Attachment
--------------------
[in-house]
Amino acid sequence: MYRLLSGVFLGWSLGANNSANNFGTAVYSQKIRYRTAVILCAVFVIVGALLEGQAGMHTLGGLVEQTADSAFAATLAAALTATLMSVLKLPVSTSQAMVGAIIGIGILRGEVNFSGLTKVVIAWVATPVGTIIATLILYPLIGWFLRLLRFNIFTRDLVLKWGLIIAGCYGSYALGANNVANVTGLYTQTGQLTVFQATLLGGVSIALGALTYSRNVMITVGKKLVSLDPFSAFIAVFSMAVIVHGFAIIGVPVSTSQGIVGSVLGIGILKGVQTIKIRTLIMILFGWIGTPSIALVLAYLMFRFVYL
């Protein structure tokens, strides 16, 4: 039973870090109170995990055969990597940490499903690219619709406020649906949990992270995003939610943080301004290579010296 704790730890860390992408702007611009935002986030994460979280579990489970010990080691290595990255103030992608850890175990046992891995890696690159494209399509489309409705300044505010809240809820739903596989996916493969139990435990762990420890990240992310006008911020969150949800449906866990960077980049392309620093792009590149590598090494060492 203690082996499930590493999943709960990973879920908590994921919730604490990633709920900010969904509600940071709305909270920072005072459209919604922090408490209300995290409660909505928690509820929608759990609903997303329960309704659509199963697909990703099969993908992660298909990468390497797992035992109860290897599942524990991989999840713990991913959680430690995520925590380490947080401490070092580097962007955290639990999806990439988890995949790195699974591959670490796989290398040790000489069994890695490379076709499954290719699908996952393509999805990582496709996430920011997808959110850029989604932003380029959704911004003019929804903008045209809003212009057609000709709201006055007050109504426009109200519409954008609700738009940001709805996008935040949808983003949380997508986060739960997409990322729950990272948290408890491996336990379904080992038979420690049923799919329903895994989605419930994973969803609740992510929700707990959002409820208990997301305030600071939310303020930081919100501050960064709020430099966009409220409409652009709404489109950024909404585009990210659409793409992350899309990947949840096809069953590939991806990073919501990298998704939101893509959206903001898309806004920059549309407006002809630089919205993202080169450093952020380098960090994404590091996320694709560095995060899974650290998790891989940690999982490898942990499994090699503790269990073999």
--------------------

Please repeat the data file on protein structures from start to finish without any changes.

[in-house]
Amino acid sequence: MYRLLSGVFLGWSLGANNSANNFGTAVYSQKIRYRTAVILCAVFVIVGALLEGQAGMHTLGGLVEQTADSAFAATLAAALTATLMSVLKLPVSTSQAMVGAIIGIGILRGEVNFSGLTKVVIAWVATPVGTIIATLILYPLIGWFLRLLRFNIFTRDLVLKWGLIIAGCYGSYALGANNVANVTGLYTQTGQLTVFQATLLGGVSIALGALTYSRNVMITVGKKLVSLDPFSAFIAVFSMAVIVHGFAIIGVPVSTSQGIVGSVLGIGILKGVQTIKIRTLIMILFGWIGTPSIALVLAYLMFRFVYL
């Protein structure tokens, strides 16, 4: 039973870090109170995990055969990597940490499903690219619709406020649906949990992270995003939610943080301004290579010296 704790730890860390992408702007611009935002986030994460979280579990489970010990080691290595990255103030992608850890175990046992891995890696690159494209399509489309409705300044505010809240809820739903596989996916493969139990435990762990420890990240992310006008911020969150949800449906866990960077980049392309620093792009590149590598090494060492 203690082996499930590493999943709960990973879920908590994921919730604490990633709920900010969904509600940071709305909270920072005072459209919604922090408490209300995290409660909505928690509820929608759990609903997303329960309704659509199963697909990703099969993908992660298909990468390497797992035992109860290897599942524990991989999840713990991913959680430690995520925590380490947080401490070092580097962007955290639990999806990439988890995949790195699974591959670490796989290398040790000489069994890695490379076709499954290719699908996952393509999805990582496709996430920011997808959110850029989604932003380029959704911004003019929804903008045209809003212009057609000709709201006055007050109504426009109200519409954008609700738009940001709805996008935040949808983003949380997508986060739960997409990322729950990272948290408890491996336990379904080992038979420690049923799919329903895994989605419930994973969803609740992510929700707990959002409820208990997301305030600071939310303020930081919100501050960064709020430099966009409220409409652009709404489109950024909404585009990210659409793409992350899309990947949840096809069953590939991806990073919501990298998704939101893509959206903001898309806004920059549309407006002809630089919205993202080169450093952020380098960090994404590091996320694709560095995060899974650290998790891989940690999982490898942990499994090699503790269990073999």